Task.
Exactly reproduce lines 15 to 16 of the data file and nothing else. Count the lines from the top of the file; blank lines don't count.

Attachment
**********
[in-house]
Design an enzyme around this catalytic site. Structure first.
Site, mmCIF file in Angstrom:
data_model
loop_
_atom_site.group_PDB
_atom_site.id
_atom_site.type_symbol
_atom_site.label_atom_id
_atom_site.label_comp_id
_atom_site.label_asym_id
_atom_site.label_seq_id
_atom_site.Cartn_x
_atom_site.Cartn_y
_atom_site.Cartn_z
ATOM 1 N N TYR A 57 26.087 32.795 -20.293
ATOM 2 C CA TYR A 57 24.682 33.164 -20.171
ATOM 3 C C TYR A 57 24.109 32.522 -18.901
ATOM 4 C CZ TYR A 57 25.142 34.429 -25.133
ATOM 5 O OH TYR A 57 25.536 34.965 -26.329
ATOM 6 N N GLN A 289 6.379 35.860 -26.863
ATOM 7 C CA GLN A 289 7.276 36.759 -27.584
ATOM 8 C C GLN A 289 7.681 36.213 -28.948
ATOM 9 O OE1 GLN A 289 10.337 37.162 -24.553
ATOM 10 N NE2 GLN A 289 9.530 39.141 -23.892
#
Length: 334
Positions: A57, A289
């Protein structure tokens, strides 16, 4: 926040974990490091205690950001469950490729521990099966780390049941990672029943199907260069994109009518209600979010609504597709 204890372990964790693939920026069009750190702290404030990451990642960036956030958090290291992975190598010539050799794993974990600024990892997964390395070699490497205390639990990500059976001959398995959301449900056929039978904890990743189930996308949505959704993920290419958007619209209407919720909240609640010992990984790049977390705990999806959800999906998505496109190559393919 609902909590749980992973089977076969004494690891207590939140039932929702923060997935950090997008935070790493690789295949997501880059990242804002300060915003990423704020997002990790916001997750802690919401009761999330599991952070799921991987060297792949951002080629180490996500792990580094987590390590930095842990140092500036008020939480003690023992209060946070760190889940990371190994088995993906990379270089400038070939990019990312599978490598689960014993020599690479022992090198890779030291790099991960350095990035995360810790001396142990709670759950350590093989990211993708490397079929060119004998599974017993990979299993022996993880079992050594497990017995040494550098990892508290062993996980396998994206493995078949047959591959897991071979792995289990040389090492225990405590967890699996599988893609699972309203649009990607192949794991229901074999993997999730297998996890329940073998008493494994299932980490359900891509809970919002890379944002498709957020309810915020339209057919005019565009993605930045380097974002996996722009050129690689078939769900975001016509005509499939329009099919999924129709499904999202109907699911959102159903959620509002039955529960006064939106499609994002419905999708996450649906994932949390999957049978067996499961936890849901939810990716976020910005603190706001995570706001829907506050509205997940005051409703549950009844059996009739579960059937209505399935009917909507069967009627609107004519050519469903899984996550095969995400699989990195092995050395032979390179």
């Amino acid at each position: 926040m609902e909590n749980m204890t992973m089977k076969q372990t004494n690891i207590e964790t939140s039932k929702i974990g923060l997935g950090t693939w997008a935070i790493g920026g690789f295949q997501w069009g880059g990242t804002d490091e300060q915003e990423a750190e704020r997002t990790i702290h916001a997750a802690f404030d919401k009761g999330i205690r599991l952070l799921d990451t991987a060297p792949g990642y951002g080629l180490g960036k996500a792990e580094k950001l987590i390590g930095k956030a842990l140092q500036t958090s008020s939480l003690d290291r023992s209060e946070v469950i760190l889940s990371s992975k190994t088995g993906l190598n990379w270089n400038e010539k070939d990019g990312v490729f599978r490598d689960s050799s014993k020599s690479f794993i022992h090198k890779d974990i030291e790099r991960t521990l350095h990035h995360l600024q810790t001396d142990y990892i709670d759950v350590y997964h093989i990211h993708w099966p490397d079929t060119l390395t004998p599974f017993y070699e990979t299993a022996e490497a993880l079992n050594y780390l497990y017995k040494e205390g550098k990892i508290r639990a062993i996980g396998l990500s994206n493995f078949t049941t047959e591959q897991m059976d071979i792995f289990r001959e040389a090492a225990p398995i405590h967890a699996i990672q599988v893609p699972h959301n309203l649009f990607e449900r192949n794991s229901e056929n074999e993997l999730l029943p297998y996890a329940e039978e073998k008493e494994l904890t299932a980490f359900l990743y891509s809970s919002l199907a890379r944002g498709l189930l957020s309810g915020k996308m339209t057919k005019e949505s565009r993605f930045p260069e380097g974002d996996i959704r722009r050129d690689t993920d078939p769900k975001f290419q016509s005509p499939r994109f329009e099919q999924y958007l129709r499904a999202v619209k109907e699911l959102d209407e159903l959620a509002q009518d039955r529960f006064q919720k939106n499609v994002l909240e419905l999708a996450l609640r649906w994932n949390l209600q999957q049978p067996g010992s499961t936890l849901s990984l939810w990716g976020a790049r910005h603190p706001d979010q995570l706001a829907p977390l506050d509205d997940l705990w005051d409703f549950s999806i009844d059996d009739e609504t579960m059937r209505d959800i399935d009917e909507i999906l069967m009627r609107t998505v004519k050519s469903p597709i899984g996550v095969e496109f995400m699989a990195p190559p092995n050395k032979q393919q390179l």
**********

_atom_site.Cartn_z
ATOM 1 N N TYR A 57 26.087 32.795 -20.293